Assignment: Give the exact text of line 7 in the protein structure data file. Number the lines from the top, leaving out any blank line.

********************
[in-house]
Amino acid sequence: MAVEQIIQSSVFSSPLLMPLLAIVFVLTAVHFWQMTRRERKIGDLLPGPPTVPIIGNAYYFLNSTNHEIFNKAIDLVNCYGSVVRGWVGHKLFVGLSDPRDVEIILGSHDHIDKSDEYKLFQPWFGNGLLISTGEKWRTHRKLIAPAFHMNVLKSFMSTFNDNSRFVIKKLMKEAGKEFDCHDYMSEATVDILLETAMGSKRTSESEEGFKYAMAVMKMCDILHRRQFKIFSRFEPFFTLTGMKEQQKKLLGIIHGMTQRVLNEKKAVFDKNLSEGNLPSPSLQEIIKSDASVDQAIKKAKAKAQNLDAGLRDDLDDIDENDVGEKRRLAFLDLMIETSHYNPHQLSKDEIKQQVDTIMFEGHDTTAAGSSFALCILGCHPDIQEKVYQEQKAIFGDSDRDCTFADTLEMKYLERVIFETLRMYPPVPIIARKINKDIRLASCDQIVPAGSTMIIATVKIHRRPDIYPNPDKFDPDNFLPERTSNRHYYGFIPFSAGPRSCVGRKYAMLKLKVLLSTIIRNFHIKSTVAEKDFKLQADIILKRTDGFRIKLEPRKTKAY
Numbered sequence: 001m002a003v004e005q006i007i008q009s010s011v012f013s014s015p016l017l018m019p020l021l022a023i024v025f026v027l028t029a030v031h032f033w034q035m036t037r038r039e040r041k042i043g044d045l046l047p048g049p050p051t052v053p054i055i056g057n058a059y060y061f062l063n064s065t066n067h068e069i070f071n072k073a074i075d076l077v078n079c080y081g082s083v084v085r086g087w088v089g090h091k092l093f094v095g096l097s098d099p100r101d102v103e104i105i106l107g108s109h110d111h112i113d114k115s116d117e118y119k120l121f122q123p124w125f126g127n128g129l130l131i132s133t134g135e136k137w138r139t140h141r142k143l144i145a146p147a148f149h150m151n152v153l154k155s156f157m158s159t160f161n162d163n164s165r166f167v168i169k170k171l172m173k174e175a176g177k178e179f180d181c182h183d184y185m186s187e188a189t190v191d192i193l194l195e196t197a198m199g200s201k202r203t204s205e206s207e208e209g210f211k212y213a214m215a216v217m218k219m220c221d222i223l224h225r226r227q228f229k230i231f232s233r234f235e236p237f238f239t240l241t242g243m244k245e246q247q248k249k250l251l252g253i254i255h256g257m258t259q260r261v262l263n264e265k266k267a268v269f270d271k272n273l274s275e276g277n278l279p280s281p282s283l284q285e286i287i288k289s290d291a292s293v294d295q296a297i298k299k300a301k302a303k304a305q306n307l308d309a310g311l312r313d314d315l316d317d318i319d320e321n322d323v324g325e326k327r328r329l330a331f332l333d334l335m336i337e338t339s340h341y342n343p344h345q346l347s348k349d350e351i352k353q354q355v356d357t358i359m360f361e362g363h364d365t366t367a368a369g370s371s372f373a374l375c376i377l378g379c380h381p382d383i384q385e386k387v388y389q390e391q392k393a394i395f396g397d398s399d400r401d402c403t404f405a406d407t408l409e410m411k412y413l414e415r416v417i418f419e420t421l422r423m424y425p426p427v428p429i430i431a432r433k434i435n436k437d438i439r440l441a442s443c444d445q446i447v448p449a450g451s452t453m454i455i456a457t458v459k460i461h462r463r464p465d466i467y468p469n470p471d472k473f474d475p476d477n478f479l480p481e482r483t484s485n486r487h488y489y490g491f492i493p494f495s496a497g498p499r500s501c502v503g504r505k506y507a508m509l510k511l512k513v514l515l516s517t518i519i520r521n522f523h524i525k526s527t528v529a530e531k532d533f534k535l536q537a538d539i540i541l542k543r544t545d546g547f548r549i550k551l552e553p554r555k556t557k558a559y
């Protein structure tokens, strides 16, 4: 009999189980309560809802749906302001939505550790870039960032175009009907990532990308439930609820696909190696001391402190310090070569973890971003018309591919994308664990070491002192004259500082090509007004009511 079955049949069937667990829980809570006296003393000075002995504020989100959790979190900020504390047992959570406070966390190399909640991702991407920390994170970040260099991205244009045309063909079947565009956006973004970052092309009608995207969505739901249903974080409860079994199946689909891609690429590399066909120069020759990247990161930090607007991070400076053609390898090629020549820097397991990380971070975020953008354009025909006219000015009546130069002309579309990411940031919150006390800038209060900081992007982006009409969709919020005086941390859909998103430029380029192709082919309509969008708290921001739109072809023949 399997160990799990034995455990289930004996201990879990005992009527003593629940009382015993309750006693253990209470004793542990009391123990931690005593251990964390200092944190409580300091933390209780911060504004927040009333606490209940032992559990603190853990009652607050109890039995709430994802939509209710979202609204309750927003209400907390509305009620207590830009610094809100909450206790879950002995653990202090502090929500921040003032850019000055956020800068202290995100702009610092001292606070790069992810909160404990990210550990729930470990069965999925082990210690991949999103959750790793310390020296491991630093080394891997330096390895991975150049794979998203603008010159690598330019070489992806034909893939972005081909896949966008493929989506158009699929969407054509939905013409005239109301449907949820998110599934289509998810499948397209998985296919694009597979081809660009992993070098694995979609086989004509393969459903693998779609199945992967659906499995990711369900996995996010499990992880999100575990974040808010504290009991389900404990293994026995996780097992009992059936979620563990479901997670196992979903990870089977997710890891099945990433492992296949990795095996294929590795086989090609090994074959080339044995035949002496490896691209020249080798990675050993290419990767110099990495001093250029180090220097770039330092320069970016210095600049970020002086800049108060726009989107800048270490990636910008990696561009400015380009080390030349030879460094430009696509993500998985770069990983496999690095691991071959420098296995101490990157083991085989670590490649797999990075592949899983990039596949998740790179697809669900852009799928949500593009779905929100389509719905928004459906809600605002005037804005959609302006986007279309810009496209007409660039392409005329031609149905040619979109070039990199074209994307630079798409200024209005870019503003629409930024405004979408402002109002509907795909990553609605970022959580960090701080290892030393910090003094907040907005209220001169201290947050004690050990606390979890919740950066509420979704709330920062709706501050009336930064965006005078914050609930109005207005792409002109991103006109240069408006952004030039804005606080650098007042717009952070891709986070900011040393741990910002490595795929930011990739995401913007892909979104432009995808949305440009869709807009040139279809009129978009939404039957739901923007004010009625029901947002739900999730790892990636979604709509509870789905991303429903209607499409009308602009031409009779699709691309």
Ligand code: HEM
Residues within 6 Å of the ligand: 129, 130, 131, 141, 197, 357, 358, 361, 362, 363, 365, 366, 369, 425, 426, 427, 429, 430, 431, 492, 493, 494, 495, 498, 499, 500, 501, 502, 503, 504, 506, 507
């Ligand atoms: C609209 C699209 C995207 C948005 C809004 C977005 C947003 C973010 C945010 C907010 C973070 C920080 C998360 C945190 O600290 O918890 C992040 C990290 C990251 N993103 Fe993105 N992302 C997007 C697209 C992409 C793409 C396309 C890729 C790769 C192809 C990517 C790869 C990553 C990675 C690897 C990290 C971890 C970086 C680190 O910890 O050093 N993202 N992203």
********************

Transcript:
């Ligand atoms: C609209 C699209 C995207 C948005 C809004 C977005 C947003 C973010 C945010 C907010 C973070 C920080 C998360 C945190 O600290 O918890 C992040 C990290 C990251 N993103 Fe993105 N992302 C997007 C697209 C992409 C793409 C396309 C890729 C790769 C192809 C990517 C790869 C990553 C990675 C690897 C990290 C971890 C970086 C680190 O910890 O050093 N993202 N992203």